However, the law does not affect all websites. Platforms must verify the age of their visitors, preferably through government-issued ID, if they contain a “significant amount” of pornographic material. The problem is that “substantial proportion” is still not clearly defined. The law states:

“Significant Portion” means greater than thirty-three and one-third percent of all material on a Website that meets the definition of “Material Harmful to Minors” as defined in this Section.

websites with at least 33.3% adult material now require age verification. There is no clear indication of how the porn percentage is determined and no explanation as to why sites are fine with 33.2% or less. It also seems to suggest that government agencies should be able to access all of a website’s content to determine if it falls below the 33.3% threshold, which is a whole other can of technical worms.

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The 33.33% doesn’t seem to be supported by much. It is a copy of the UK Digital Economy Act threshold. As a reminder, this law proposed introducing age verification for adult websites and preventing children from viewing pornographic material. It was later discontinued for privacy reasons and technological limits.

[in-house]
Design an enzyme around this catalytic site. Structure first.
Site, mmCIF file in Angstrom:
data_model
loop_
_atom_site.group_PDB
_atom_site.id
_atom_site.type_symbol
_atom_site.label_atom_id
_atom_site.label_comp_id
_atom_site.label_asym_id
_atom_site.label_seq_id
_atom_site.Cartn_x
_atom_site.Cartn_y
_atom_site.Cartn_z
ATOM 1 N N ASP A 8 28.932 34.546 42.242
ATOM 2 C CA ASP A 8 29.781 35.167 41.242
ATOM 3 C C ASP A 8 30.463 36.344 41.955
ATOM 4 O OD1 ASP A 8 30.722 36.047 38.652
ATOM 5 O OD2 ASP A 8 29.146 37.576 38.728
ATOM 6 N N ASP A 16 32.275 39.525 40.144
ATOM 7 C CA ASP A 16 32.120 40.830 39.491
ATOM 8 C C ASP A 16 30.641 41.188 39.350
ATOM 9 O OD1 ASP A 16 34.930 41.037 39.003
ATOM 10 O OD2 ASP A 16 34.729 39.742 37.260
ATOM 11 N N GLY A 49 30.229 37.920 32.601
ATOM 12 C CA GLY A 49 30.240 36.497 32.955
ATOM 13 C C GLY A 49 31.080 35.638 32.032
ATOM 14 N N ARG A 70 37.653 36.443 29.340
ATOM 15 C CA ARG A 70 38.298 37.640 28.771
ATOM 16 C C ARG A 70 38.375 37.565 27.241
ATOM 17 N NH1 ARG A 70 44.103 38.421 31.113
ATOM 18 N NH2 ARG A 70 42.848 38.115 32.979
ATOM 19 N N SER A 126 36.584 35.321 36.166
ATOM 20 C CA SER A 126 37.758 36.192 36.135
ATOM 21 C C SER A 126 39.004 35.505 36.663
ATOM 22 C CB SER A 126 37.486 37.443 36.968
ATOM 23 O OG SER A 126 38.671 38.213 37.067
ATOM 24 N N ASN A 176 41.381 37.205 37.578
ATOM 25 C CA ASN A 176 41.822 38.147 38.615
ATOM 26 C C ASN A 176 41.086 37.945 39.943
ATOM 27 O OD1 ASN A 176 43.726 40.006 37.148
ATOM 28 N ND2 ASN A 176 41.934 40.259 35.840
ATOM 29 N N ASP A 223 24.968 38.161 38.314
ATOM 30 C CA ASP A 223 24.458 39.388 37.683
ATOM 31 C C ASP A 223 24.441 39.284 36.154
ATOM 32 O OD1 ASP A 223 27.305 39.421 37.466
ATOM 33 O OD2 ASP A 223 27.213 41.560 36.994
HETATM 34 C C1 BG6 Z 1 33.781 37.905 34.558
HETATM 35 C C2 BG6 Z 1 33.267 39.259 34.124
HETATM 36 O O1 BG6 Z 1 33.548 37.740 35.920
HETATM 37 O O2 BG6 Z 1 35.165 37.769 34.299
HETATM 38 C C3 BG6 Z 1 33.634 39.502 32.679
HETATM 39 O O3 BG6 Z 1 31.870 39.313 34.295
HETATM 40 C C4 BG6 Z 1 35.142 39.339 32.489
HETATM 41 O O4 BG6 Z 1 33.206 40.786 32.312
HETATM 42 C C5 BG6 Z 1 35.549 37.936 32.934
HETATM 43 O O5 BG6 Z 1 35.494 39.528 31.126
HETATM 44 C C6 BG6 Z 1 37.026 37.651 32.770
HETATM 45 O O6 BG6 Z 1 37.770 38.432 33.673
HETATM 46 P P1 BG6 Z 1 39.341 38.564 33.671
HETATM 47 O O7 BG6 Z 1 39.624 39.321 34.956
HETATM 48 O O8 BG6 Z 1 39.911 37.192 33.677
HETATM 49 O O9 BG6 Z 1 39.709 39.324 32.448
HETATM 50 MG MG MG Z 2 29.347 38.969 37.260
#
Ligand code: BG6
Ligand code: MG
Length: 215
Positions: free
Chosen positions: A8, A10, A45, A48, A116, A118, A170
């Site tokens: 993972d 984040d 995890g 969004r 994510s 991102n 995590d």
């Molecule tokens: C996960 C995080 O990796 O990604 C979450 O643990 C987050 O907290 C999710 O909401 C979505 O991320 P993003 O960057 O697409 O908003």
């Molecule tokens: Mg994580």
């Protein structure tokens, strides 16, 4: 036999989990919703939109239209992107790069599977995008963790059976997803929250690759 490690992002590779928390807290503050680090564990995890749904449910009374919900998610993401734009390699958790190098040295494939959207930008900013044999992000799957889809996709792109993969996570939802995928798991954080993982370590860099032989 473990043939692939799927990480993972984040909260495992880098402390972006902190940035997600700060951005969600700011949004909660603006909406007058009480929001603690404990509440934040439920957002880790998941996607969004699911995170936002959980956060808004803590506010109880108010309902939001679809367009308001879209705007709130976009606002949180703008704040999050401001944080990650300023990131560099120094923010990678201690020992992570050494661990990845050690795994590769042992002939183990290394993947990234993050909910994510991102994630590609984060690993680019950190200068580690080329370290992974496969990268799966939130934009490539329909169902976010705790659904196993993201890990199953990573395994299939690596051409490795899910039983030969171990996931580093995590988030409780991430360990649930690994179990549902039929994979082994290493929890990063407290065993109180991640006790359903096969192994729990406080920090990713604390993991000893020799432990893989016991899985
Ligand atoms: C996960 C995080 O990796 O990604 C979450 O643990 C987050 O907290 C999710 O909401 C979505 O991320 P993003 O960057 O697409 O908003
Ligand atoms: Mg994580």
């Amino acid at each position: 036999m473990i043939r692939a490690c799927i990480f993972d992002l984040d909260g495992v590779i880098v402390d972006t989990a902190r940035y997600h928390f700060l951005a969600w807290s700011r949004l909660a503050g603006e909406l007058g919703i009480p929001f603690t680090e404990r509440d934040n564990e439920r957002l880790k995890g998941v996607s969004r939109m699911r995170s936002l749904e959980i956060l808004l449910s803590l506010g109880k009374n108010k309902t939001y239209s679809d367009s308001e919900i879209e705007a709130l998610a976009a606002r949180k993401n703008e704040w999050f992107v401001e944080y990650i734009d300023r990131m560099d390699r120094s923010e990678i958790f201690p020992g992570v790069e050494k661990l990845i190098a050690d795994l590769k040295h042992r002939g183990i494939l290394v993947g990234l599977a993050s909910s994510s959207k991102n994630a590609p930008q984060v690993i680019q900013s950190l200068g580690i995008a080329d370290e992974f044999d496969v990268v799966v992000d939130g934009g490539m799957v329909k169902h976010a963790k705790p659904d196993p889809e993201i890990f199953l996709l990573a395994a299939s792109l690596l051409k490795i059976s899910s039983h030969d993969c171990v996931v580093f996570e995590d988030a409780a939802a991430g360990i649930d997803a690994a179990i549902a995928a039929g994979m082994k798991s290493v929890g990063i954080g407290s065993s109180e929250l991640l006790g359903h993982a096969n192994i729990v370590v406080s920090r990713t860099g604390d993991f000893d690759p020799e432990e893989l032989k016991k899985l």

Meanwhile, popular adult sites like Pornhub have already implemented age verification. Louisiana officials have created a driver’s license compatible state ID verification app called LA Wallet. MP Schlegel advised tech companies to use it for age verification processes, sparking some debate whether a government app should have access to this data.

PIA does not support this law as it raises significant concerns about digital freedom and censorship. In addition, if effective, Bill HB142 could be the precursor to other means of limiting online access, not only for children but also for adults.